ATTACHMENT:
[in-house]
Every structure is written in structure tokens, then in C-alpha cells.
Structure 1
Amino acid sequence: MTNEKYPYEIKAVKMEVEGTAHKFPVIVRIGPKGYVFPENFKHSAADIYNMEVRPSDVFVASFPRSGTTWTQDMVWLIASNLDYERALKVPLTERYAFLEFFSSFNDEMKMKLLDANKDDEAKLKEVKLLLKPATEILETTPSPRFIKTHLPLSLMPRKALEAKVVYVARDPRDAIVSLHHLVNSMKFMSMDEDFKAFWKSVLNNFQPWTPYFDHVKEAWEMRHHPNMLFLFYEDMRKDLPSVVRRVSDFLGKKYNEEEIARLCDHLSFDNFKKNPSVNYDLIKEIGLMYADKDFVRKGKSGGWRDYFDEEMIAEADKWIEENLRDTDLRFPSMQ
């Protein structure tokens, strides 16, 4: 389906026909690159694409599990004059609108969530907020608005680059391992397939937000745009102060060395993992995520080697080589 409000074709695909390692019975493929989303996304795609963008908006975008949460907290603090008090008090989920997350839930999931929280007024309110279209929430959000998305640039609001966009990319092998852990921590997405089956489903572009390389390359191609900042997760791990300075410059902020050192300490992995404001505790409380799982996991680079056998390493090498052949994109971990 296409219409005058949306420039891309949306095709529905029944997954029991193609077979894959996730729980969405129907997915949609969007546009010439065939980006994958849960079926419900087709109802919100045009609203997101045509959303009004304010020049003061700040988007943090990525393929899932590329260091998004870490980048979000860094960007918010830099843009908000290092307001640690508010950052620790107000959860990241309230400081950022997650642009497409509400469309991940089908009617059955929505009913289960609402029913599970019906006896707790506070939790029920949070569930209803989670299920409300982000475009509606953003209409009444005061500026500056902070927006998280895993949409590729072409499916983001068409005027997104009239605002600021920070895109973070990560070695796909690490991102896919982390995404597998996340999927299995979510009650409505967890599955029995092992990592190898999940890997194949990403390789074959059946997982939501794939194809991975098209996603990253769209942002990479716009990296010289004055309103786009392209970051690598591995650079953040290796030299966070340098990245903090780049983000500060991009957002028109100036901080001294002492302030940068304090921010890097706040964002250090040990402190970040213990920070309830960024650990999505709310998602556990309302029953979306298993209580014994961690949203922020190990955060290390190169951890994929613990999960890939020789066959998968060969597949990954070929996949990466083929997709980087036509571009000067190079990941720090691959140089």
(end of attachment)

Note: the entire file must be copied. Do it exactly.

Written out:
[in-house]
Every structure is written in structure tokens, then in C-alpha cells.
Structure 1
Amino acid sequence: MTNEKYPYEIKAVKMEVEGTAHKFPVIVRIGPKGYVFPENFKHSAADIYNMEVRPSDVFVASFPRSGTTWTQDMVWLIASNLDYERALKVPLTERYAFLEFFSSFNDEMKMKLLDANKDDEAKLKEVKLLLKPATEILETTPSPRFIKTHLPLSLMPRKALEAKVVYVARDPRDAIVSLHHLVNSMKFMSMDEDFKAFWKSVLNNFQPWTPYFDHVKEAWEMRHHPNMLFLFYEDMRKDLPSVVRRVSDFLGKKYNEEEIARLCDHLSFDNFKKNPSVNYDLIKEIGLMYADKDFVRKGKSGGWRDYFDEEMIAEADKWIEENLRDTDLRFPSMQ
């Protein structure tokens, strides 16, 4: 389906026909690159694409599990004059609108969530907020608005680059391992397939937000745009102060060395993992995520080697080589 409000074709695909390692019975493929989303996304795609963008908006975008949460907290603090008090008090989920997350839930999931929280007024309110279209929430959000998305640039609001966009990319092998852990921590997405089956489903572009390389390359191609900042997760791990300075410059902020050192300490992995404001505790409380799982996991680079056998390493090498052949994109971990 296409219409005058949306420039891309949306095709529905029944997954029991193609077979894959996730729980969405129907997915949609969007546009010439065939980006994958849960079926419900087709109802919100045009609203997101045509959303009004304010020049003061700040988007943090990525393929899932590329260091998004870490980048979000860094960007918010830099843009908000290092307001640690508010950052620790107000959860990241309230400081950022997650642009497409509400469309991940089908009617059955929505009913289960609402029913599970019906006896707790506070939790029920949070569930209803989670299920409300982000475009509606953003209409009444005061500026500056902070927006998280895993949409590729072409499916983001068409005027997104009239605002600021920070895109973070990560070695796909690490991102896919982390995404597998996340999927299995979510009650409505967890599955029995092992990592190898999940890997194949990403390789074959059946997982939501794939194809991975098209996603990253769209942002990479716009990296010289004055309103786009392209970051690598591995650079953040290796030299966070340098990245903090780049983000500060991009957002028109100036901080001294002492302030940068304090921010890097706040964002250090040990402190970040213990920070309830960024650990999505709310998602556990309302029953979306298993209580014994961690949203922020190990955060290390190169951890994929613990999960890939020789066959998968060969597949990954070929996949990466083929997709980087036509571009000067190079990941720090691959140089």